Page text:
Monday, September 26, 2005

My limiters

My previous post itemized the limits of the event that I'll have to complete to become an Ironman. The other side of the coin is my own limiters. It's time for some honest self-assessment.

Right now I think my limiters (where I'll have to spend most of my training time and attention in the next year) are:

  • Body composition: BAH! Of course, I'm hauling around way way too much body fat. This seems to change very slowly for me. :-( But it would cause the greatest improvement in my speed in all legs of a triathlon if it did.
  • Swimming: everything about it - technique, endurance, and confidence. Training will ensure I finish within the swim cutoff, make me more comfortable in the water, and help me not finish the swim leg exhausted, but won't affect my overall time much. If I can stay on course and swim freestyle most of the swim leg, I'll do fine. Every open water swim I can do in the next year is money in the bank.
  • Cycling: both endurance and speed. This is where in training I can make the greatest improvement in finishing time and also be less fatigued for the run. I need to extend dramatically the time I can stay in aero position comfortably, at the same speeds or faster than I'm cycling now. That's quite possible to achieve in a year's time. I could use more practice changing flats, certainly.
  • Running: progress in a year will probably mostly be due to any changes in body composition, not a lot from any additional training. No great gains expected there. I've done four marathons at well under 7 hours, with hopefully 2 or 3 more coming up soon. For this event I just need to maintain my running fitness.

I think my strong points right now are:

  • Hydration, electrolytes, and nutrition: A question mark on the swim, good in transitions, solid on the run, improving on the bike. I'm still working on a solid eat-drink routine and schedule for the bike, and I'm still working on finding a solid food I can eat when I'm hot and working without giving me stomach cramps in aero position.
  • Pacing: I think I have a good grasp on my limits and the effects of going out too fast, and generally don't make that mistake. The trick is picking a pace where it feels easy the first third, comfortable but brisk the second third, and you can just hang on by your fingernails the final third.
  • Experience: I can always use more triathlon practice, but I think the large number of road races that I've done (including ~20 half marathons) is helpful in teaching me to keep going under adverse conditions and to think on my feet during an event.
  • Knowledge: I know the science behind training and performance enhancement. I've taught graduate-level courses and done research in exercise physiology, sports nutrition, and sports biomechanics.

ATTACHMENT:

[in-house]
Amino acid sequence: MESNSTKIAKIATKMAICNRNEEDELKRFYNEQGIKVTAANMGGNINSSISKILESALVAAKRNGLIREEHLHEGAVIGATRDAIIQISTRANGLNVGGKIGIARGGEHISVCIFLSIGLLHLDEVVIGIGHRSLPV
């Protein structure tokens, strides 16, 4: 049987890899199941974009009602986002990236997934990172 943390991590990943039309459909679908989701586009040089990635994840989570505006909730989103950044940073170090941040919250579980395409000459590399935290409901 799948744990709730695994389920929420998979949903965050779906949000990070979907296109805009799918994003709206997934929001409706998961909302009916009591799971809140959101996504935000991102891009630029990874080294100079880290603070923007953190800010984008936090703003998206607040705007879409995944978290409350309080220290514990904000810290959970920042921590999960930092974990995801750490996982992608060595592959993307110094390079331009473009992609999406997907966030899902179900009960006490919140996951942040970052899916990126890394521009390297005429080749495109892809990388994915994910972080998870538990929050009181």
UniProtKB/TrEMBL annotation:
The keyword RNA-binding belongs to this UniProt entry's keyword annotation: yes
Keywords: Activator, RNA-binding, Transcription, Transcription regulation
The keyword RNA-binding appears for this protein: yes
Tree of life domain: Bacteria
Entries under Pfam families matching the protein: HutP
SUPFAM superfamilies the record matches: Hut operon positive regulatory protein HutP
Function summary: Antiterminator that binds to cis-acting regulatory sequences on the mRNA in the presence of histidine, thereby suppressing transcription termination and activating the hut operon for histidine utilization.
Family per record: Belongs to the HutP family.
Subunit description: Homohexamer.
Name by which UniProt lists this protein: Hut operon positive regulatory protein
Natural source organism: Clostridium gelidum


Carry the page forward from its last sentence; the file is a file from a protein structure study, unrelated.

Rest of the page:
• Mental toughness: I think I've got that aspect covered. Not just in theory, but in lots and lots of races where I've proven it to myself repeatedly in the line of fire. I won't stop until they make me. I don't DNF unless I'm hurt really badly.

Note: Here's an article about developing an off-season training plan to target your limiters.


'Zilla said...

"I won't stop until they make me." Awesome. That -the mental metal- is IMHO 80% (or more) of the battle. No experience with IM of course, but I know it's true. You're one tough cookie, but I really respect that you are doing this indepth inventory of sorts. :)

Flatman said...

You are so cool. I love that you are so honest with yourself and us. If there is anyone who I believe can finish an Ironman on sheer will and gut determination, it is you!

Besides, your training lately has been rock solid! There is no reason you will not be ready when the time comes...

nancytoby said...

Gosh, shucks, thanks. :-)

I'm hoping it will be - I don't really think I can increase the training TIME much more than I have up until now. I'm hoping that will work.

Ellie said...

I LOVE the photo you chose to go with this post. I just stared at it for a minute. Wish I'd shot it.

As for the IM.... I've been on your side (the "Do It" side) since square one.

Fat Charlie the Archangel said...

Darlin', you've got gumption :)

About the body composition: Actually, you might be surprised - losing body fat might not give you great gains in the swim (trust me - I'm at 8%, and I SINK!)

...but by far it's the biggest part of the run and bike. For the marathon, it's 2 secs/pound/mile for every pound over ideal weight. For the bike - well, ask Lance :)

Comm's said...

such honesty to post this.

I think all of us can relate to what your putting out there.

nancytoby said...

Why thank you!

But .... crap. You mean I can't blame my slow swimming on being FAT? You mean you're going to take my all-purpose excuse away from me?

I guess it's because I'm old and feeble then. Yeah, that works for me. :-)

Thanks for stopping by!!